The Case of the Problematic Woman

Irene Adler as seen in the BBC's "Sherlock"
Lara Pulver proves the more dangerous of the two recent Irene Adlers.

It’s Sherlock Season at the moment. The second installment in Guy Ritchie’s Downey Jr-&-Law driven comeback arrived on cinema screens over the Christmas period, and on New Year’s Day, the BBC debuted the second series of its modern-day updating of the Arthur Conan Doyle tales, starring Benedict Cumberbatch and Martin Freeman. As a long-time Sherlock fan (when it comes to the classic interpretations, I’m a Jeremy Brett man), this double header definitely added to my festive cheer. However, there was one feature of both offerings that raised a doubtful eyebrow.

Spoilers below for those of you who haven’t watched either slice of Holmes (and they’re both worth taking your time to see).

Irene Adler, like Professor Moriarty (with whom she’s associated in both the cinematic and televisual Holmes offerings), looms a lot larger in the Holmes mythos than her brief appearance in Conan Doyle’s tales would suggest. She appears in a single story, “A Scandal in Bohemia,” and is referred to in just four others. Nonetheless, the idea of the woman who matched wits with Holmes and won has fascinated fans and writers of derivative works ever since.

Which makes it just a little odd that both the most recent Holmes offerings veer away from the idea of her being Holmes’ equal. The first Ritchie movie had her as Moriarty’s catspaw, and the second reduced her to a damsel in distress before swiftly killing her off for little reason other than to provide Holmes with an axe to grind against Moriarty himself. In the BBC version, she matches wits well with Holmes before being undone and reduced again to a damsel in distress, whom Holmes this time saves.

A feature of both the recent versions of Adler is that she is undone by her own affection for Holmes. This is a long way from the Conan Doyle story, where all the affection and admiration is on Holmes’ part, with Adler in love with and set to marry another man. The transition towards something closer to a genuine romance between the characters seems to do Adler a disservice, as Holmes ends up the dominant partner both times out.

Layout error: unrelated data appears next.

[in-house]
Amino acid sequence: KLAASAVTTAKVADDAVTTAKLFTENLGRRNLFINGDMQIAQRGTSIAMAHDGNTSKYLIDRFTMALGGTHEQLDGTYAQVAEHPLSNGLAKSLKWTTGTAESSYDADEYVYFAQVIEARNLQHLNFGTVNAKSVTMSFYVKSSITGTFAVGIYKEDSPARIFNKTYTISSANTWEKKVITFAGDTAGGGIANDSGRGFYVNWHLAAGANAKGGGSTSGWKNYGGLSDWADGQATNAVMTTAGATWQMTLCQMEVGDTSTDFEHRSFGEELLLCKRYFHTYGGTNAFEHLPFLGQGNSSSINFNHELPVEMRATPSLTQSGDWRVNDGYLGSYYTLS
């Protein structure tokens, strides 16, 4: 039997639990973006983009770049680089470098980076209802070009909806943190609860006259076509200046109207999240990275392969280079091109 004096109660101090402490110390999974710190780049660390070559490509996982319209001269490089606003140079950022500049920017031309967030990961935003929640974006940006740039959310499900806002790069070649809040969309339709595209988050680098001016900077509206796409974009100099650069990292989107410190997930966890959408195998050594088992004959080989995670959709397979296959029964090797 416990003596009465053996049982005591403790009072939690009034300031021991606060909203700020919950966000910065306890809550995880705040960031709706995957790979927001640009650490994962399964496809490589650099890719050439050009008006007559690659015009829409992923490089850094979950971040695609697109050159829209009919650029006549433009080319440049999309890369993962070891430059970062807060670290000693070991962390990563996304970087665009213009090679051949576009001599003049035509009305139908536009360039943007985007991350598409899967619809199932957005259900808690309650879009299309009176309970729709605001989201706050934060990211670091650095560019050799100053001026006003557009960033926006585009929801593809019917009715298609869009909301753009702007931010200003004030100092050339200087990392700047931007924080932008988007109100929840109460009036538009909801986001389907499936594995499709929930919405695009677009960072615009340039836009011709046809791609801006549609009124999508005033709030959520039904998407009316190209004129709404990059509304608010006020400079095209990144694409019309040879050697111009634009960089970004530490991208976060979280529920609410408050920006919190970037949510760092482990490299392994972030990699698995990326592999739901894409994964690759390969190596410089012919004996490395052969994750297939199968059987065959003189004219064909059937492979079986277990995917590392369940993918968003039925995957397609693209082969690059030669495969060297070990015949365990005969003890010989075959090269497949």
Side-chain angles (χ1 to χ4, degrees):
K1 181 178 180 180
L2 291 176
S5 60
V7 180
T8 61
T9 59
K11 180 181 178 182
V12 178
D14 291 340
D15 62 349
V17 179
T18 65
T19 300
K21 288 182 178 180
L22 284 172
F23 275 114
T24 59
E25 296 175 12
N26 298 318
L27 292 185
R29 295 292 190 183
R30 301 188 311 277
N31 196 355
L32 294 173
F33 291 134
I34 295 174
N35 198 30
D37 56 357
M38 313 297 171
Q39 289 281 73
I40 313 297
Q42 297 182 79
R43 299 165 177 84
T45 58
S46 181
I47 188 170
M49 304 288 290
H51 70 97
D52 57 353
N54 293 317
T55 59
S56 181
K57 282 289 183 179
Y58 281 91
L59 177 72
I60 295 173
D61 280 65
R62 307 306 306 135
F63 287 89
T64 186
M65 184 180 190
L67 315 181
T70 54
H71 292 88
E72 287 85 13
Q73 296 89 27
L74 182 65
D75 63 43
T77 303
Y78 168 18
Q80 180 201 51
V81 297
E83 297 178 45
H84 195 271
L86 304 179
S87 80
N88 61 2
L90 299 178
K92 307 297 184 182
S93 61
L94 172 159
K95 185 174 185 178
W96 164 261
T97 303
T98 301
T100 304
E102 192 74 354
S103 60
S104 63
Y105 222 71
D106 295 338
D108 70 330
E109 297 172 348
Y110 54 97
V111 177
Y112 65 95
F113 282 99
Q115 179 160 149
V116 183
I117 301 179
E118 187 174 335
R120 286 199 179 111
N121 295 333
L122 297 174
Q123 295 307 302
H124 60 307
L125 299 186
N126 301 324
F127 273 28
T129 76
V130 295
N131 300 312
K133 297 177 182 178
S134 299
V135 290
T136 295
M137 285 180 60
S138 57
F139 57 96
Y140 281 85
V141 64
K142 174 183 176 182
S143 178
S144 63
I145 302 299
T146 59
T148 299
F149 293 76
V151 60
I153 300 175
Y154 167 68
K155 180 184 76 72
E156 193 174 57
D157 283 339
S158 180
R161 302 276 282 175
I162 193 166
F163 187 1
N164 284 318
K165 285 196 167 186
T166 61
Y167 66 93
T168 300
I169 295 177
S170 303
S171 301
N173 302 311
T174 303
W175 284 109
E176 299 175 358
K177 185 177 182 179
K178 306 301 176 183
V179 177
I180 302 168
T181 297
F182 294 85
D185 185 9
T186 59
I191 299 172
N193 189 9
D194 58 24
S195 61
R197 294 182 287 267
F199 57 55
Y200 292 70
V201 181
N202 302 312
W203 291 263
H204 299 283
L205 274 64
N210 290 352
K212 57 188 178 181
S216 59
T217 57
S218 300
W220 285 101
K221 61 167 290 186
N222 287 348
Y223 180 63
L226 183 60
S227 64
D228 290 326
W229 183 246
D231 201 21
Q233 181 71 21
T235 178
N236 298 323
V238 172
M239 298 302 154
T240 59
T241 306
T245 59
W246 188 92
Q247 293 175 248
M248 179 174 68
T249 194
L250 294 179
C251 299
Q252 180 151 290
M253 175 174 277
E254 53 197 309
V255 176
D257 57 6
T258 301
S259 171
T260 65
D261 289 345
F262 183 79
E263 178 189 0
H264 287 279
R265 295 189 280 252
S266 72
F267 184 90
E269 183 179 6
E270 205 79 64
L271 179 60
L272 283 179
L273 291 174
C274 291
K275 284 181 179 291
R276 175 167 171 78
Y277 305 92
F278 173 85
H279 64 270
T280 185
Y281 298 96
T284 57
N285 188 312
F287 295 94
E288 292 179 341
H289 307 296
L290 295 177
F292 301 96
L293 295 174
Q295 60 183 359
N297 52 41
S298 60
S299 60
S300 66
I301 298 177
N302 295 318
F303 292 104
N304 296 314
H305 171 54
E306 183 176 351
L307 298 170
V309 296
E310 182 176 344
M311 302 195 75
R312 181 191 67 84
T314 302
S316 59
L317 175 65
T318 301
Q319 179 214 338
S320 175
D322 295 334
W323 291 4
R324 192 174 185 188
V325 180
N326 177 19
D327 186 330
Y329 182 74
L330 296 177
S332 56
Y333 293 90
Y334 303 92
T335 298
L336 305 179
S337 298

This may be inevitable – Holmes is the central figure, after all – but there could be something else at work here. Both Ritchie and Steven Moffatt, the co-creator of the BBC series with Mark Gatiss, have made the relationship between Holmes and John Watson the central point of their versions. No mere foils for the mercurial and manic Holmes, the Watsons of Jude Law and Martin Freeman are close to equal partners, emotionally if not intellectually, avoiding the bumbling caricature that Watson often became in other adaptations. In both cases, the depiction of the relationship between Holmes and Watson is a major part of why these versions work so well.

What that seems to mean, though, is that there’s no room for a romance with Adler. To have her become a victim in both cases seems a shame to me, given that she’s a character with a lot of potential (and the only strong female in the Holmes canon). Ritchie’s casual disposal of her seems much more of a waste, and in somewhat poor taste, whereas Moffat’s decision to have her thoroughly defeated and then rescued seems more a result of confusion as to what to do with her.

Perhaps Conan Doyle had it right: Adler was notable because she won and because she entranced Holmes with her intelligence and honour. To try to bring her closer into the orbit of Holmes-Watson is to ruin her.